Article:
Feet Off the Gas: How to Help Patients Hang up Car Keys
Giving up driving is among the more traumatic events of old age — a loss of independence and a stark indicator that reflexes and reaction times aren’t what they used to be. Although family members often have to step in to help parents and relatives make the difficult decision, physicians have a role to play too.
A decision aid can help older adults and their doctors make a more informed choice to hang up their car keys, a study presented at the Gerontological Society of America’s 2022 annual conference found.
Although no medically recommended age to stop driving exists, people aged 65 years or older comprise 17% of all traffic fatalities, according to the National Highway Traffic Safety Administration. The decision to stop driving can be a source of stress and contention between many older adults and their caregivers because patients may worry about a loss of independence or that they will burden loved ones.
Researchers at the University of Colorado School of Medicine Anschutz Medical Campus in Aurora, Colorado, sought to measure the effect that an online decision aid could have on easing stress and building knowledge about when driving is no longer safe.
The study enrolled 301 licensed drivers aged 70 years or older from California, Colorado, and Indiana who reported driving at least once a week. The participants did not have significant cognitive impairment but did have at least one medical condition, such as vision loss, that could be considered a potential reason to stop driving.
The participants were randomly assigned to either receive the Healthwise Driving Decision Aid — an online questionnaire not affiliated with the University of Colorado — or information provided by the National Institutes of Health. They were then surveyed on their knowledge of how health can affect driving and how confident they reported feeling in their decision to stop or continue driving.
The researchers found that participants who used the Healthwise Driving Decision Aid reported feeling more knowledgeable on average about the practical implications of no longer driving and more confident in their decision on whether to hang up the keys compared with the control group.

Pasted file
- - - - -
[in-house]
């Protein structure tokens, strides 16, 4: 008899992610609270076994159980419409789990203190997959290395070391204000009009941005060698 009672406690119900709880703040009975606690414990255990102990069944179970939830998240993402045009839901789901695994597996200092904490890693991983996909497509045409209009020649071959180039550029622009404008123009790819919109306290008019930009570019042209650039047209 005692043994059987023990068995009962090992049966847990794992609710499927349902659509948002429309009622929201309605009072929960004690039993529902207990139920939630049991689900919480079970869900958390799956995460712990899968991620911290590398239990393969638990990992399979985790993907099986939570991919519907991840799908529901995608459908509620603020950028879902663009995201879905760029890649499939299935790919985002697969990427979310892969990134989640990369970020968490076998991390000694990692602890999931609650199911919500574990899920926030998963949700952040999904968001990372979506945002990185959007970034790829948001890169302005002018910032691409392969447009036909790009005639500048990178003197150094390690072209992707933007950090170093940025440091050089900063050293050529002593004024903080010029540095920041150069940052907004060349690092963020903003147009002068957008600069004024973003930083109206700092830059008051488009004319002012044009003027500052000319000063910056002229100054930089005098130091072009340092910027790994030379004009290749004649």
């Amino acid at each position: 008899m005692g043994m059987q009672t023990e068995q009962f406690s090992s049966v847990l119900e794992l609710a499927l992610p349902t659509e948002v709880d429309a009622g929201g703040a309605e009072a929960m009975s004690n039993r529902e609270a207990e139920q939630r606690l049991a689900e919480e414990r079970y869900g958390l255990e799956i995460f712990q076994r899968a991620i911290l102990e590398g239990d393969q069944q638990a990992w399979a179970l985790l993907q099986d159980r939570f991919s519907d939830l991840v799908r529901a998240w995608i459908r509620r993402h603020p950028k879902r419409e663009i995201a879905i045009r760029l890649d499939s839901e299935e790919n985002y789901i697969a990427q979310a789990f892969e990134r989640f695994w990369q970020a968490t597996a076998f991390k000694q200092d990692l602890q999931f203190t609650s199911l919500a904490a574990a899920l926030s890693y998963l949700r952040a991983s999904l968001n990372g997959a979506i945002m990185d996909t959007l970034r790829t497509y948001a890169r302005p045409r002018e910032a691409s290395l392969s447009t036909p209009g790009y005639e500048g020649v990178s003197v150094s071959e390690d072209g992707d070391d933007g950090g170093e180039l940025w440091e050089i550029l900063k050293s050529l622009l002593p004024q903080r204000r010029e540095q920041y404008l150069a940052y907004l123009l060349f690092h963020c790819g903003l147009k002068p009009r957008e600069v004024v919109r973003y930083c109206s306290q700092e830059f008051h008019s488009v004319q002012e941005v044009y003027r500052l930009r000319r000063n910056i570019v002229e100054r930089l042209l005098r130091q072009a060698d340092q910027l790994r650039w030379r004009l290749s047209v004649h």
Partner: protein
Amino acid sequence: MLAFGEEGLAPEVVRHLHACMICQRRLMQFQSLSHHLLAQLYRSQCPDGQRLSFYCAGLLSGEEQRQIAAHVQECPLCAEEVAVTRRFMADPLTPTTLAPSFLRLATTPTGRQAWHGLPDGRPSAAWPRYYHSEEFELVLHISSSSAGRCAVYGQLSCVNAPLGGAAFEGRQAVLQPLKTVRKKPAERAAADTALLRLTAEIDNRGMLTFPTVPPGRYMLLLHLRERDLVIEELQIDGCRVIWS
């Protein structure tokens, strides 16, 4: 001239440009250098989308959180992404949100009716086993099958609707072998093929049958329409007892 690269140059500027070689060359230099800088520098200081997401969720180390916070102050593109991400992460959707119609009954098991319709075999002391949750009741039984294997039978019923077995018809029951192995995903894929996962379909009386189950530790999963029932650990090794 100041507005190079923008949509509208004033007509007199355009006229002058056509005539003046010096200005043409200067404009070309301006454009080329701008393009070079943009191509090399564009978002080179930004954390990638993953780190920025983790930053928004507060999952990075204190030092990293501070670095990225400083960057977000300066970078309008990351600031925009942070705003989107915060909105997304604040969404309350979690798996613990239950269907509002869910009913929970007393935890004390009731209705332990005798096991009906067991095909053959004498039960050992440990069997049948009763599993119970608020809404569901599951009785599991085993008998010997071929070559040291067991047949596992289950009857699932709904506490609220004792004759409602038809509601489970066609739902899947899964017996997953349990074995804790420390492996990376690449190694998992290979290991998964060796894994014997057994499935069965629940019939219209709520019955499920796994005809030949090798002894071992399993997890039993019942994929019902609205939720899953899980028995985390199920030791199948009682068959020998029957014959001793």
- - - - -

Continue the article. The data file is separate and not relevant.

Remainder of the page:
Over 85% of the study participants who used the decision aid said that they would recommend the tool to others in similar situations, whereas 91% thought it presented realistic options, and 79% felt it had the right amount of information, the researchers noted.
Dr Mia Clar
In many cases, older adults may decide to stop driving with the help of a caregiver, such as a family member or friend, according to Mia Clar, MD, assistant professor of geriatric and palliative medicine at Hofstra University School of Medicine in New York.
“Many times, they [caregivers] are coming to us for guidance on how to approach the conversation or looking for us to evaluate the patient and give them the green light or red light that they should stop,” Clar, who was not affiliated with the study, said.
Common reasons to stop driving include loss of vision, delayed response to road conditions, impaired memory, and frequent close calls on crashing.
“The most important thing is helping them realize what they can do as an alternative when they stop driving,” Clar noted.
Previous research suggests that stopping driving can result in decreased mobility and depression.
Affordable transportation options and delivery services can help, Clar added.
“If I tell someone they shouldn’t be driving anymore, we come up with a plan about how they’re going to maintain that socialization and avoid isolation,” she said.
For some older adults, a decision aid allows for patients to feel empowered and prevents the feeling that someone else, including physicians, has offered a heavy-handed recommendation, Clar noted.
“Physicians can always do a better job educating family members, caregivers, and patients about the tools that are available about how to approach this conversation,” she said.
The AUTO study (NCT04141891) was funded by the National Institutes of Health (R01 AG059613; CTSA UL1 TR002535).
Mia Clar, MD, reported no conflicts of interest.
This article had support from a journalism fellowship from the Gerontological Society of America, the Journalists Network on Generations, and the Silver Century Foundation.
Gerontological Society of America Annual Conference. Presented November 4, 2022. Poster #65
Lara Salahi is a freelance journalist based in Boston.
For more news, follow Medscape on Facebook, Twitter, Instagram, and YouTube
Source: Read Full Article